Devil Red by Joe R Lansdale
The thing about chalk and cheese is that, if you get cheese that’s neither too soft nor too hard, you can use both substances to write on one of those old school blackboards. Now I know you’re thinking the cheese is just going to leave a greasy track like a snail who’s developed diarrhoea after eating a fatty beef patty but, in the right light, you’ll still be able to read what you wrote. Perhaps if you used Edam and left some of the paraffin wax protection on, there would be red streaks to show you the way. Never forget both chalk and cheese are useful in their own way. Until one of them gets shot, of course.
There’s this thing about Hap & Leonard novels as assembled by Joe R Lansdale. These guys come as a pair. Well, that’s perhaps not quite the right thing to say since only one of them is gay and they don’t sleep together in that way, if you get my meaning. But, as Frank Sinatra used to sing, “You can’t have one without the other”. It’s like they’re apples and oranges but both fruit. . . No, that doesn’t work well either.
Anyway, Devil Red starts in the usual way with Hap Collins and Leonard Pine debating with each other. The easiest way of understanding these existential discussions is to focus on the essentials. Neither of them has any real sense, yet they’re the most reliable men you could ever hope to meet if your back was to the wall and the wall was thinking of running out on you. They’re the nicest, most gentle and understanding of ruthless men you could ask for in a jam. In this case, they’ve gone to a part of town where even the mice belong to a gang for protection. They’re not wearing a hat and tie (mice don’t usually do that, anyway). Dressed for action not fashion, Marvin and his little old lady client have sent them to break a few bones. It’s a routine job and they’re just the kinda guys to get it done. Except Hap’s got a little PTSD after his shoot-out with Vanilla Ride and the accumulation of all the dead bodies he seems to leave in his wake (that’s the shipping metaphor not the funeral joke). His hands are shaking, he feels ethically challenged, and his reaction time’s sluggish. Even beating on two worthless human beings doesn’t improve his mood.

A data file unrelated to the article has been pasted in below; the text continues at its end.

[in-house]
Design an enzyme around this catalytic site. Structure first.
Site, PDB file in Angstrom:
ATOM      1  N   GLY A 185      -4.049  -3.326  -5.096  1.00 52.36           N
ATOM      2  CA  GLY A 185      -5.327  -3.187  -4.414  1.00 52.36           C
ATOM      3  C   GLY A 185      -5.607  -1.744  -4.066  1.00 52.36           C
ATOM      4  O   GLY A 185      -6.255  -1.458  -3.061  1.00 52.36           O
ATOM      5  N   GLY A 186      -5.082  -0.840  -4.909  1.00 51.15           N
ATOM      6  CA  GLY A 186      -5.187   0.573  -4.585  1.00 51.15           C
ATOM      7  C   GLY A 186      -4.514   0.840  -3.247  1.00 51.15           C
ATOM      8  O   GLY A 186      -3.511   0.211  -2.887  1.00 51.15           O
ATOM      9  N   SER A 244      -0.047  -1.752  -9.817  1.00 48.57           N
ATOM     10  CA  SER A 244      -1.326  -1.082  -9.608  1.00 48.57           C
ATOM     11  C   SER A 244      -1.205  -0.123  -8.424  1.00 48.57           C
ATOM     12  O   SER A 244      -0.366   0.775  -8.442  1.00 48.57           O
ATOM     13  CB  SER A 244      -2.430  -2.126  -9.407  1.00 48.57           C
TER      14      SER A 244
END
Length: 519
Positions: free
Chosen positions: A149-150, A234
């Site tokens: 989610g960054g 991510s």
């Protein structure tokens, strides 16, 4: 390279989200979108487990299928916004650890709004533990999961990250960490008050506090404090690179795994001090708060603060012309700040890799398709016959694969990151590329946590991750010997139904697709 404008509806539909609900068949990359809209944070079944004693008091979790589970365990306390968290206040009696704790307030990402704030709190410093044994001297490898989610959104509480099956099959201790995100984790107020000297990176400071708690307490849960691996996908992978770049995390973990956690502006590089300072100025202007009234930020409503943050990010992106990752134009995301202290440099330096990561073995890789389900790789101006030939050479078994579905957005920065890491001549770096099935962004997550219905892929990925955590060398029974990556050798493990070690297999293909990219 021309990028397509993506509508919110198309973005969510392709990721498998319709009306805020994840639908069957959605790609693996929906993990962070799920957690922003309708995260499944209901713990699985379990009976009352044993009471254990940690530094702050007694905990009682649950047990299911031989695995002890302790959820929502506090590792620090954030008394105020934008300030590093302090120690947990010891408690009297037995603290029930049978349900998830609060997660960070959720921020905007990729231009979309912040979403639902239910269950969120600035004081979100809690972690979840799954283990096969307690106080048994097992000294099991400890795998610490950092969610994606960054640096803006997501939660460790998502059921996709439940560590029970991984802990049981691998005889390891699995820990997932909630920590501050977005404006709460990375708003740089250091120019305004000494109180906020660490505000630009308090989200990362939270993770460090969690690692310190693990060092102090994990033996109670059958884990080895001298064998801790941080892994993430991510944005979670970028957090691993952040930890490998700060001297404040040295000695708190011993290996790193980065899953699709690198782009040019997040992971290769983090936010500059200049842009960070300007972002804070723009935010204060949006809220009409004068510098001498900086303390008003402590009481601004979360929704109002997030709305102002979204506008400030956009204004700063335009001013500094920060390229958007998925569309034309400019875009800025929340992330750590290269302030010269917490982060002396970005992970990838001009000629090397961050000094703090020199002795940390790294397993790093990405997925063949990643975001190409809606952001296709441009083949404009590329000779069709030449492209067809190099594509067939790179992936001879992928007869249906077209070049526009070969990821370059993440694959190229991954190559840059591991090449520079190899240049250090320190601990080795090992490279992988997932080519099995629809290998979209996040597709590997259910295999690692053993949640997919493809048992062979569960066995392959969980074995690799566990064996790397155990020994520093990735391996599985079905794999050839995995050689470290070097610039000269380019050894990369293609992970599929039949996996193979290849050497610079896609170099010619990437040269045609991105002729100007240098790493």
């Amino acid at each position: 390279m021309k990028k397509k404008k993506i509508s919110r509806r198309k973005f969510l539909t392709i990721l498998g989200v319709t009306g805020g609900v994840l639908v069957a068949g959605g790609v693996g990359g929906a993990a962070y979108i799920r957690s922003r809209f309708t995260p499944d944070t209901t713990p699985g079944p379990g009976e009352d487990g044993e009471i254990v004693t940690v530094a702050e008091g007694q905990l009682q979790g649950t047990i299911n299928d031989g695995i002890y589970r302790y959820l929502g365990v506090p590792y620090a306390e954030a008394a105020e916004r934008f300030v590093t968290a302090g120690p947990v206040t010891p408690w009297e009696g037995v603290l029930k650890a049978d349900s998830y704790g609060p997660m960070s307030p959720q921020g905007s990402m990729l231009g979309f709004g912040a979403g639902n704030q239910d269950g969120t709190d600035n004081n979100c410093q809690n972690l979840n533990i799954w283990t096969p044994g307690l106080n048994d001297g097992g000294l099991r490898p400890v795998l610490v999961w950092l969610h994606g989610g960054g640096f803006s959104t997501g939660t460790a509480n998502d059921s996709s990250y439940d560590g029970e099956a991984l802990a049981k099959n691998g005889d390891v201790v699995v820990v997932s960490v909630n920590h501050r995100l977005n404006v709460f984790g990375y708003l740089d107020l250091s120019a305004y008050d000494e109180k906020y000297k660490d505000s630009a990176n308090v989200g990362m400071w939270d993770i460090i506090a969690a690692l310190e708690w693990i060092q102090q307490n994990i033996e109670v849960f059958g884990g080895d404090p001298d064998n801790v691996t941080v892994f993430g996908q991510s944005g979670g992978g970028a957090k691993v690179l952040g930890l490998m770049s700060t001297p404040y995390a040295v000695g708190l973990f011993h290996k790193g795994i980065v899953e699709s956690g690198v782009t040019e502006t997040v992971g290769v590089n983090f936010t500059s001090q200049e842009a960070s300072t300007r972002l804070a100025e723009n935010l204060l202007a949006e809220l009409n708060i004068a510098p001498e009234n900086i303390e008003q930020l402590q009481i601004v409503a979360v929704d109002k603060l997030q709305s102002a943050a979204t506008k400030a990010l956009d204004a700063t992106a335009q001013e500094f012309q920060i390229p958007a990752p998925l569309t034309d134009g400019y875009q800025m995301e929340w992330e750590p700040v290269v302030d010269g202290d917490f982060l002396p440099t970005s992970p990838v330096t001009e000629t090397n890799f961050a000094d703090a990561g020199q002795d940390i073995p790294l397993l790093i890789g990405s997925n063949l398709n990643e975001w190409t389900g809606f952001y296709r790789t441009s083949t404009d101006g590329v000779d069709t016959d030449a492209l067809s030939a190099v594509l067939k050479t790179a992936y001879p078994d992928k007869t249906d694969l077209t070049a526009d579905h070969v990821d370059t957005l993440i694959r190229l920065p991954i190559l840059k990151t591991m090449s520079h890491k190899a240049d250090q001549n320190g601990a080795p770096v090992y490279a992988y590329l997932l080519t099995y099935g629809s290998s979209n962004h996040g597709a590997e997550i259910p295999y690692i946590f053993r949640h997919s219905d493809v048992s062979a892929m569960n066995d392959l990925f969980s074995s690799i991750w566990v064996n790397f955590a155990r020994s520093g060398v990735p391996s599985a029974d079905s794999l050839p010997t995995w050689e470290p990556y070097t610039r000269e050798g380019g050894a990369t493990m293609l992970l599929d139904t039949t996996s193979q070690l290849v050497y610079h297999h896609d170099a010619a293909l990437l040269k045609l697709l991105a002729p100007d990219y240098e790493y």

But once Marvin picks up a rich client who wants a double-homicide investigating, things start to move along fast enough for Hap to loosen up and get back into the swing of things (and not just with a baseball bat). With Leonard a fan of Sherlock Holmes and now inclined to wear a deerstalker hat whenever the game’s afoot (which is actually Shakespeare rather than Conan Doyle, but no-one cares about such trivial details today), they start beating the grass and rattling the bars of as many cages as they can find, hoping someone will give them a clue on whodunnit.
Sadly, this does provoke a shooting but, because Leonard has to come back for the next outing in the series, what with there being no-one in prospect for a Hap & Son sequel, Lansdale has our indefatigable sleuth hooked up to life-support in an ICU until he manages a smile at the end. Of course, shooting Leonard is not something up with which Hap will put. He’s now properly motivated to cut to the chase and find lots of people to kill. There’s just one problem. He doesn’t know who to start shooting. Fortunately, a blast from the past is able to point him in the right direction and vengeance, Texas style, is laid out on the BBQ with plenty of hot chili sauce.
This is Joe Lansdale maintaining the fine run of form he started in Vanilla Ride, producing a genuinely amusing riff on the usually stolid PI tropes. Our two heroes, with a little help from girl-friend and newspaper contacts, crack the case and some heads in their search for the truth, justice and the Texan way. Many die or are wounded on the way, but this has always been the price of admission to a Hap & Leonard novel. Devil Red is definitely worth seeking out and reading.